The motivation behind opium prohibition was simultaneously moralistic and economic. In the eyes of reformers and U.S. officials, good Christians only consumed intoxicants like tobacco and alcohol if they consumed any such substances at all. The smoking of opium betokened spiritual degradation if not personal depravity. Moreover, colonials habituated to opium and opiates were deemed unproductive subjects who potentially could weaken a market economy. Drug usage therefore had no place in the American empire or, for that matter, in any colonial setting.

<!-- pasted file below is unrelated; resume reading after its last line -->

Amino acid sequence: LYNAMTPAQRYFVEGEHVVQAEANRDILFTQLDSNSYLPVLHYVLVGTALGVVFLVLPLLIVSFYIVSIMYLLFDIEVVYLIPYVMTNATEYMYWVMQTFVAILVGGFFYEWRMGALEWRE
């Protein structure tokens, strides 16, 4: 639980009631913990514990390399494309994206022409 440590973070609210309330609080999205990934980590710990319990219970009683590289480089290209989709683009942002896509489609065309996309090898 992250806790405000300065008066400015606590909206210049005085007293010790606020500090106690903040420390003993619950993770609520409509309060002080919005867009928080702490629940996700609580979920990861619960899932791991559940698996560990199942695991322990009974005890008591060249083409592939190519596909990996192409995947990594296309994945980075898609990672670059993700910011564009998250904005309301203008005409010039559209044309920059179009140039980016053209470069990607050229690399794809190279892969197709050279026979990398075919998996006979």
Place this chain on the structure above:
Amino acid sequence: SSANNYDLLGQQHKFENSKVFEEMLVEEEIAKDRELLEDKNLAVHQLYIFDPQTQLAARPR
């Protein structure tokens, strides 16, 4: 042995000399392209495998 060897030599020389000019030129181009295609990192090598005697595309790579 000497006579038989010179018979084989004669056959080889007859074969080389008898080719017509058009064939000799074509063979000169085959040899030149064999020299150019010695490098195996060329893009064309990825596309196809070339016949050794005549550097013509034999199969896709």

For nearly a century the United States clung to the idea of control at the source as the only possible path to effective drug control. Whether at international parleys or through bilateral and regional diplomatic efforts, U.S. officials steadfastly pursued this goal. At the same time, as this essay demonstrates, drug control did not, indeed could not, exist in a vacuum isolated from other foreign policy concerns. Ultimately this state of affairs meant that control at the source had to give way to competing, often more important, priorities. During World War II, for instance, drug policy reflected the exigencies of global war by encouraging the production of raw narcotic material should it be necessary for the medical needs of the Allies. Throughout the Cold War, U.S. drug control officials frequently subordinated their traditional objectives to larger security considerations. This practice all too often entailed countenancing involvement with illicit drugs by so-called security assets. In the 1990s, as the Cold War ended, efforts by the United States to promote comprehensive drug control abroad became indistinguishable from the very issues of governance and state stability. This was particularly true in the Andes, most notably in Colombia, and to a lesser extent in Mexico.